While fitted kitchens are unlikely to ever go out of style, there has been a gradual move towards more relaxed-looking kitchens. Freestanding kitchens range from fully unfitted spaces to single pieces, such as a standalone pantry cupboard or island on wheels so they can move as your needs change, and even move homes with you.  Not only is a freestanding kitchen more affordable than a traditionally fitted one, it’s an easy way to update an existing one.  And if you’re looking for kitchen ideas with character and personality, adding freestanding elements will take the space from looking functional to fantastic. 

Freestanding kitchens – 14 statement designs for your kitchen

Freestanding kitchens can be fully fitted, too, but with an unfitted look that gives you the best of both worlds: an efficient use of space and a relaxed feel. Here, we explore all the options.

1. Opt for a farmhouse table 

When planning a kitchen, it is always very tempting to go for a kitchen island if you are fortunate enough to have the space for one. But far too often, islands can feel like a monolithic obstruction in the middle of the room.  However, you can take a different approach to typical kitchen island ideas: a farmhouse table. ‘This can be all it takes to prevent kitchens feeling too fitted, while also proving extremely useful,’ says Merlin Wright, design director, Plain English (opens in new tab).  ‘The addition of any freestanding piece is an opportunity to add texture and variety as a counterpoint to the kitchen’s fitted cupboards, be they vintage, antique or very crisp and modern; all add interest and personality.’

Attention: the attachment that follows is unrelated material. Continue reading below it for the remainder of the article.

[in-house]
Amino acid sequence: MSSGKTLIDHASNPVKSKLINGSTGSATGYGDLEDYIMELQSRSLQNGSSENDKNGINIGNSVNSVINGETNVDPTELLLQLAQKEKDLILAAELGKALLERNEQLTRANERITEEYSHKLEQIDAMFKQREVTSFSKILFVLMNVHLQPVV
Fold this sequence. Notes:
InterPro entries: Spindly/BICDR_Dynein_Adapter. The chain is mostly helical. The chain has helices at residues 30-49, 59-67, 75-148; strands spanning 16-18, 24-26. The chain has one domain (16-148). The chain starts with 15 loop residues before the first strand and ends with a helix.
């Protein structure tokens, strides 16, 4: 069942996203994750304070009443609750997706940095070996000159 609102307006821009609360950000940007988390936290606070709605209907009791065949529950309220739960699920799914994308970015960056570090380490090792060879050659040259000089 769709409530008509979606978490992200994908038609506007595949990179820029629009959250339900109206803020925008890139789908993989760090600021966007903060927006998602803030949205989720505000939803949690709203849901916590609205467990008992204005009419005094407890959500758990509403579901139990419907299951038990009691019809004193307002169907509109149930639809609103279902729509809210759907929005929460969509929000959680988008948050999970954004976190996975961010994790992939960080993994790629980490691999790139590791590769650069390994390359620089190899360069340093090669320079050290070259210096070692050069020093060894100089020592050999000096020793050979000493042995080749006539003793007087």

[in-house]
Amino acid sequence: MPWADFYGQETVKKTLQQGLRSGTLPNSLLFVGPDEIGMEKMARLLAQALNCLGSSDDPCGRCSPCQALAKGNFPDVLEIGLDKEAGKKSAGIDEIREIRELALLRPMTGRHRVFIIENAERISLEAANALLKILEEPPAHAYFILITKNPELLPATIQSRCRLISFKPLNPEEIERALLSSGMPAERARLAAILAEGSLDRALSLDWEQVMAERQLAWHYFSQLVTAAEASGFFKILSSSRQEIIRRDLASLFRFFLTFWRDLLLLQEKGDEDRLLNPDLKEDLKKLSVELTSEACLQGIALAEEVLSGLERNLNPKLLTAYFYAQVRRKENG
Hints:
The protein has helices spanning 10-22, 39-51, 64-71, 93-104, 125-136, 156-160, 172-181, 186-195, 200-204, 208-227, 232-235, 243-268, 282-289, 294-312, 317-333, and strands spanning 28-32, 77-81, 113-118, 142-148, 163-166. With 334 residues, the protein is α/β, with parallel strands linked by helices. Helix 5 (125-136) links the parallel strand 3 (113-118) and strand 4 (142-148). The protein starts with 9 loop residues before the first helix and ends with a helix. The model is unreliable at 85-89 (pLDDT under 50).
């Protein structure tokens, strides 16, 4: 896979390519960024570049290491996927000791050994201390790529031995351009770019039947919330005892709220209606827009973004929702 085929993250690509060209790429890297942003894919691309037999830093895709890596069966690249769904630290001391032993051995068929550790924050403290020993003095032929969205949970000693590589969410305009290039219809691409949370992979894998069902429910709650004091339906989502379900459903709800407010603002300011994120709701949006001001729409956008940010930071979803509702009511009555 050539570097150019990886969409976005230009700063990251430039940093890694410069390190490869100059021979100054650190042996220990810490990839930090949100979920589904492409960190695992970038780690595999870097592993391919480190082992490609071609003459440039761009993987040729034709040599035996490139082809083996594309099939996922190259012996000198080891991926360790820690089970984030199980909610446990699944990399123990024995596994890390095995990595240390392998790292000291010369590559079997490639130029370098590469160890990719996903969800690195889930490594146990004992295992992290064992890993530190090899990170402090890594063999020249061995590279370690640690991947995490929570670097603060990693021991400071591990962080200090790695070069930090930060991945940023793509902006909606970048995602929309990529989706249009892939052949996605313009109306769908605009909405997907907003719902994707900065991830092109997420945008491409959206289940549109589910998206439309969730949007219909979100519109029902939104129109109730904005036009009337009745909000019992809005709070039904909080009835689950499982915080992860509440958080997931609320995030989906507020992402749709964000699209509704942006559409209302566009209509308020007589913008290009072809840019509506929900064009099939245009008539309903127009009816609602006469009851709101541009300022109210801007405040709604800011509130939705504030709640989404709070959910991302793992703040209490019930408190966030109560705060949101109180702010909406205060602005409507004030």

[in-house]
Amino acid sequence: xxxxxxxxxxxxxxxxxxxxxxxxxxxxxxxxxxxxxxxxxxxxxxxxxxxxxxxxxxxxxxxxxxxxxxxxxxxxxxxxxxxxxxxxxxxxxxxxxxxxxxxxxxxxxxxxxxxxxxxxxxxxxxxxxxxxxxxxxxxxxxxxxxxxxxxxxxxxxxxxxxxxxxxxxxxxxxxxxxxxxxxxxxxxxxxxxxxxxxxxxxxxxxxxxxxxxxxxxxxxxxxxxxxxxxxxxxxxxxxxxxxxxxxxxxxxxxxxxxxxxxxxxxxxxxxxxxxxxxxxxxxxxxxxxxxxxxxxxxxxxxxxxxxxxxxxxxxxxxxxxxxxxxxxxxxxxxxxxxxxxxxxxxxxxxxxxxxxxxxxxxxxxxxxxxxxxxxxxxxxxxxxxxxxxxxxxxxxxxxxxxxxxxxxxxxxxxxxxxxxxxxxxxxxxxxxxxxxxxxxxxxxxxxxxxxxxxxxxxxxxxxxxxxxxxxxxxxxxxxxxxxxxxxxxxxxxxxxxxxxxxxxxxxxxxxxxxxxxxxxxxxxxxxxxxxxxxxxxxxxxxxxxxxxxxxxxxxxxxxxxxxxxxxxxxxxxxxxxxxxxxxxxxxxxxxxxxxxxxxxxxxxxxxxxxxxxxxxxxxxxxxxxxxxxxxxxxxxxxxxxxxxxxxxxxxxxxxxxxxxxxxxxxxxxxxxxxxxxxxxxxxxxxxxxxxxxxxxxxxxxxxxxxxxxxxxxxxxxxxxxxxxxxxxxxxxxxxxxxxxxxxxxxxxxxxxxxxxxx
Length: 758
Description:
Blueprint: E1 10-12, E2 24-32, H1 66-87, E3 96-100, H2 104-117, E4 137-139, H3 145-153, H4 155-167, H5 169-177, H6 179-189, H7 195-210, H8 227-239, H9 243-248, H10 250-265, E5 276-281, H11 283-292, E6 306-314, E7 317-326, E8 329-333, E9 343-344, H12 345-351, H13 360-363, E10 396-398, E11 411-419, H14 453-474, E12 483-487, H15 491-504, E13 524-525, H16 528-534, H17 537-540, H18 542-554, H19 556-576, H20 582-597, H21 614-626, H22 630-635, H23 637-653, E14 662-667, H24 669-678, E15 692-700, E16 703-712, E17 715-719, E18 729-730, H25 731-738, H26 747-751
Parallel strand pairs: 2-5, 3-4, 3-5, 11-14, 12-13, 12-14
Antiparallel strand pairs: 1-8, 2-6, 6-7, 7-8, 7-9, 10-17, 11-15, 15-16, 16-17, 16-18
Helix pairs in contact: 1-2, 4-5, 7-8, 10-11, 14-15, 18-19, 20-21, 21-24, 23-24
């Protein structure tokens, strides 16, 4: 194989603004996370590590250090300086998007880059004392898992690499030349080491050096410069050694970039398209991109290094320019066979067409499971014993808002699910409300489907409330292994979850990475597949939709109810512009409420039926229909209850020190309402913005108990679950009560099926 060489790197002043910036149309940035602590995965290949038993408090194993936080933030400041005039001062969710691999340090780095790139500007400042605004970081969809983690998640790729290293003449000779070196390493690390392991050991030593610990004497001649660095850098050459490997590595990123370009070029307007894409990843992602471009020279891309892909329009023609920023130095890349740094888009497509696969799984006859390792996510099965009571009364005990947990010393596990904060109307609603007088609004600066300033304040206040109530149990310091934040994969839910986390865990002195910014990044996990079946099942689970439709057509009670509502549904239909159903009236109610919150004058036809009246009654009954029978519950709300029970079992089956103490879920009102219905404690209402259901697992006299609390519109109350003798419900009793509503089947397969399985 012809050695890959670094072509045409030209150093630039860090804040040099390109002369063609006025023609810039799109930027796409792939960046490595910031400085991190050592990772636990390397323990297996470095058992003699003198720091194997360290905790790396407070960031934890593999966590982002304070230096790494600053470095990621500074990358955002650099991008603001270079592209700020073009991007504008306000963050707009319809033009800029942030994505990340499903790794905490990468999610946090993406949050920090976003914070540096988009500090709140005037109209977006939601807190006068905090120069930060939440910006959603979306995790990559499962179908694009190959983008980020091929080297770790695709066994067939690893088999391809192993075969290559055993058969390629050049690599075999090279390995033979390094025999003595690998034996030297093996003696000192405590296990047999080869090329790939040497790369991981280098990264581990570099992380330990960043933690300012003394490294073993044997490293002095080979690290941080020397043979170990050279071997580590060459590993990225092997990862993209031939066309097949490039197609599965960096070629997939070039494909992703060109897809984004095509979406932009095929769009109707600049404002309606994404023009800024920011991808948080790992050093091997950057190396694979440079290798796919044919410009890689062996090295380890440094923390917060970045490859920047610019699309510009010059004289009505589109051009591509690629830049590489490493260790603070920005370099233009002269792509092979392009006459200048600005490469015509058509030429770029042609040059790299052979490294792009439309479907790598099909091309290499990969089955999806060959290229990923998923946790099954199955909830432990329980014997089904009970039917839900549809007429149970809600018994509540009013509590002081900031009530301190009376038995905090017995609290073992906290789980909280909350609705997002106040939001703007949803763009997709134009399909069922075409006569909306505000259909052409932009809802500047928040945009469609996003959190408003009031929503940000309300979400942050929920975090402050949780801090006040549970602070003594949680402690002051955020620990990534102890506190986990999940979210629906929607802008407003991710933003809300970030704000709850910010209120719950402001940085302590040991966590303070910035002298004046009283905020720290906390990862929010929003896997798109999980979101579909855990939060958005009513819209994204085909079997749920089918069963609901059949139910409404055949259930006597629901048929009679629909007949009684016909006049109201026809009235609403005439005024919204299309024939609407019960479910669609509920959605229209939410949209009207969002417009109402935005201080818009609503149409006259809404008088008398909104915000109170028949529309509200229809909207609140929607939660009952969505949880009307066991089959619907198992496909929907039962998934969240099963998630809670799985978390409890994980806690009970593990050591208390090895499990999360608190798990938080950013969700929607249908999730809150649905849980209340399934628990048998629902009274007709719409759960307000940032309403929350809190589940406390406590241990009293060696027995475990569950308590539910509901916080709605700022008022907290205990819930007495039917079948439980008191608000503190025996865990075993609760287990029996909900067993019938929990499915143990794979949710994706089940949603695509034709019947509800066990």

2. Adopt a fully unfitted look

A fully freestanding kitchen has several benefits, starting with transportability. Taking it with you when you move makes the initial investment more attractive, so this could be the perfect option for people who rent in particular.  As the cabinets are not physically attached to walls or floors, they can also work in properties where panelling or materials are protected or fragile. Few do fully freestanding better than Copenhagen-based Frama (opens in new tab), which makes semi-customizable metal-framed pieces in painted and timber finishes.  This approach might seem ideal for flexible kitchen layout ideas in a large, open-plan space. However, the only elements you will want to move once they are in place are lighter items or those on wheels. Anything else will be unwieldy and/or dependent on plumbing or electrics.

3. Raise your units on legs

Just because an island unit can’t be moved, doesn’t mean it can’t appear freestanding. Elevating the unit on legs allows light to flow underneath, creating an air of portability.  Run power supplies for appliances inside or behind the legs to suspend the illusion. Plumbing can be concealed centrally in deeper island units. Don’t forget, the longer the legs, the less storage you’ll achieve so do balance the design to suit your needs.

4. Mix materials for a luxurious look